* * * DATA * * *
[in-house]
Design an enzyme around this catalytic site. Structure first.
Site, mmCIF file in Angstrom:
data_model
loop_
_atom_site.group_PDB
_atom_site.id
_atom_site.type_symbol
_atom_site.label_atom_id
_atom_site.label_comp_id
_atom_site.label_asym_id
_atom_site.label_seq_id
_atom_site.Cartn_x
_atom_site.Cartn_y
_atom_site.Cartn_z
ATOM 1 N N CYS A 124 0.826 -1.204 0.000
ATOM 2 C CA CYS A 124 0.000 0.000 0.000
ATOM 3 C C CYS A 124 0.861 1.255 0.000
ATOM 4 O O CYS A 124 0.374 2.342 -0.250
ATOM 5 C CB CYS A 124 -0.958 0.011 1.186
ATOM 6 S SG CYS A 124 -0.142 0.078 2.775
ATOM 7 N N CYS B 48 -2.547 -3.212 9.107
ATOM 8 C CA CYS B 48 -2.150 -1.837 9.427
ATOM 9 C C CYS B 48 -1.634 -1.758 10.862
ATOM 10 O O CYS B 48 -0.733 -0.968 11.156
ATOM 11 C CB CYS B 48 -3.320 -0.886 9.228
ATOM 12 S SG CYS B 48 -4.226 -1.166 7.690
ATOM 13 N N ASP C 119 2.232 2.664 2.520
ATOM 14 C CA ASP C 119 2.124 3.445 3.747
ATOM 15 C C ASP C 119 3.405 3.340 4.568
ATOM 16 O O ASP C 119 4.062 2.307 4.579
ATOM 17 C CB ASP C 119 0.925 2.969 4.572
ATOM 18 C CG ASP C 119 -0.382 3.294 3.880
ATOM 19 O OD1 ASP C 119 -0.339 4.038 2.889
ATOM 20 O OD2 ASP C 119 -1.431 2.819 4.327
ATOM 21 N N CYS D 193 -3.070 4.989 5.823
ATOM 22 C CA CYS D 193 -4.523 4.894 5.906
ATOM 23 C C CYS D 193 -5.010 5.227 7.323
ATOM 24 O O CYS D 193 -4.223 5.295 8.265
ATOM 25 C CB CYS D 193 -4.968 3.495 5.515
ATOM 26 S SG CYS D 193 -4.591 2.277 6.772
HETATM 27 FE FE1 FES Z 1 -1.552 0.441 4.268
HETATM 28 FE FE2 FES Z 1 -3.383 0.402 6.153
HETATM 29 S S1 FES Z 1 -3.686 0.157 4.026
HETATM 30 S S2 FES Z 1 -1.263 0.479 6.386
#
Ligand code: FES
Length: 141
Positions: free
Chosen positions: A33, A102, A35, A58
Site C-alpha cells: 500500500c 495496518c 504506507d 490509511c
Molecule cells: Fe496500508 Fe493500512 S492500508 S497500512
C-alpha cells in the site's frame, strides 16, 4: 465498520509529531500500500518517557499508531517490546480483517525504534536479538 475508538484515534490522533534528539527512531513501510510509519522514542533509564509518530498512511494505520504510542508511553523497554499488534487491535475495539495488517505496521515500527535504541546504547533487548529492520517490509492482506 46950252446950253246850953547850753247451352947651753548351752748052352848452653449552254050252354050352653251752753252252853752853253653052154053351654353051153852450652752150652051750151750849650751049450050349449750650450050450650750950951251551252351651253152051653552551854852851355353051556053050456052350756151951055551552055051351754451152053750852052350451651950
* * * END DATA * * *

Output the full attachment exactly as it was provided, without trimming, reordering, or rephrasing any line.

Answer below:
[in-house]
Design an enzyme around this catalytic site. Structure first.
Site, mmCIF file in Angstrom:
data_model
loop_
_atom_site.group_PDB
_atom_site.id
_atom_site.type_symbol
_atom_site.label_atom_id
_atom_site.label_comp_id
_atom_site.label_asym_id
_atom_site.label_seq_id
_atom_site.Cartn_x
_atom_site.Cartn_y
_atom_site.Cartn_z
ATOM 1 N N CYS A 124 0.826 -1.204 0.000
ATOM 2 C CA CYS A 124 0.000 0.000 0.000
ATOM 3 C C CYS A 124 0.861 1.255 0.000
ATOM 4 O O CYS A 124 0.374 2.342 -0.250
ATOM 5 C CB CYS A 124 -0.958 0.011 1.186
ATOM 6 S SG CYS A 124 -0.142 0.078 2.775
ATOM 7 N N CYS B 48 -2.547 -3.212 9.107
ATOM 8 C CA CYS B 48 -2.150 -1.837 9.427
ATOM 9 C C CYS B 48 -1.634 -1.758 10.862
ATOM 10 O O CYS B 48 -0.733 -0.968 11.156
ATOM 11 C CB CYS B 48 -3.320 -0.886 9.228
ATOM 12 S SG CYS B 48 -4.226 -1.166 7.690
ATOM 13 N N ASP C 119 2.232 2.664 2.520
ATOM 14 C CA ASP C 119 2.124 3.445 3.747
ATOM 15 C C ASP C 119 3.405 3.340 4.568
ATOM 16 O O ASP C 119 4.062 2.307 4.579
ATOM 17 C CB ASP C 119 0.925 2.969 4.572
ATOM 18 C CG ASP C 119 -0.382 3.294 3.880
ATOM 19 O OD1 ASP C 119 -0.339 4.038 2.889
ATOM 20 O OD2 ASP C 119 -1.431 2.819 4.327
ATOM 21 N N CYS D 193 -3.070 4.989 5.823
ATOM 22 C CA CYS D 193 -4.523 4.894 5.906
ATOM 23 C C CYS D 193 -5.010 5.227 7.323
ATOM 24 O O CYS D 193 -4.223 5.295 8.265
ATOM 25 C CB CYS D 193 -4.968 3.495 5.515
ATOM 26 S SG CYS D 193 -4.591 2.277 6.772
HETATM 27 FE FE1 FES Z 1 -1.552 0.441 4.268
HETATM 28 FE FE2 FES Z 1 -3.383 0.402 6.153
HETATM 29 S S1 FES Z 1 -3.686 0.157 4.026
HETATM 30 S S2 FES Z 1 -1.263 0.479 6.386
#
Ligand code: FES
Length: 141
Positions: free
Chosen positions: A33, A102, A35, A58
Site C-alpha cells: 500500500c 495496518c 504506507d 490509511c
Molecule cells: Fe496500508 Fe493500512 S492500508 S497500512
C-alpha cells in the site's frame, strides 16, 4: 465498520509529531500500500518517557499508531517490546480483517525504534536479538 475508538484515534490522533534528539527512531513501510510509519522514542533509564509518530498512511494505520504510542508511553523497554499488534487491535475495539495488517505496521515500527535504541546504547533487548529492520517490509492482506 46950252446950253246850953547850753247451352947651753548351752748052352848452653449552254050252354050352653251752753252252853752853253653052154053351654353051153852450652752150652051750151750849650751049450050349449750650450050450650750950951251551252351651253152051653552551854852851355353051556053050456052350756151951055551552055051351754451152053750852052350451651950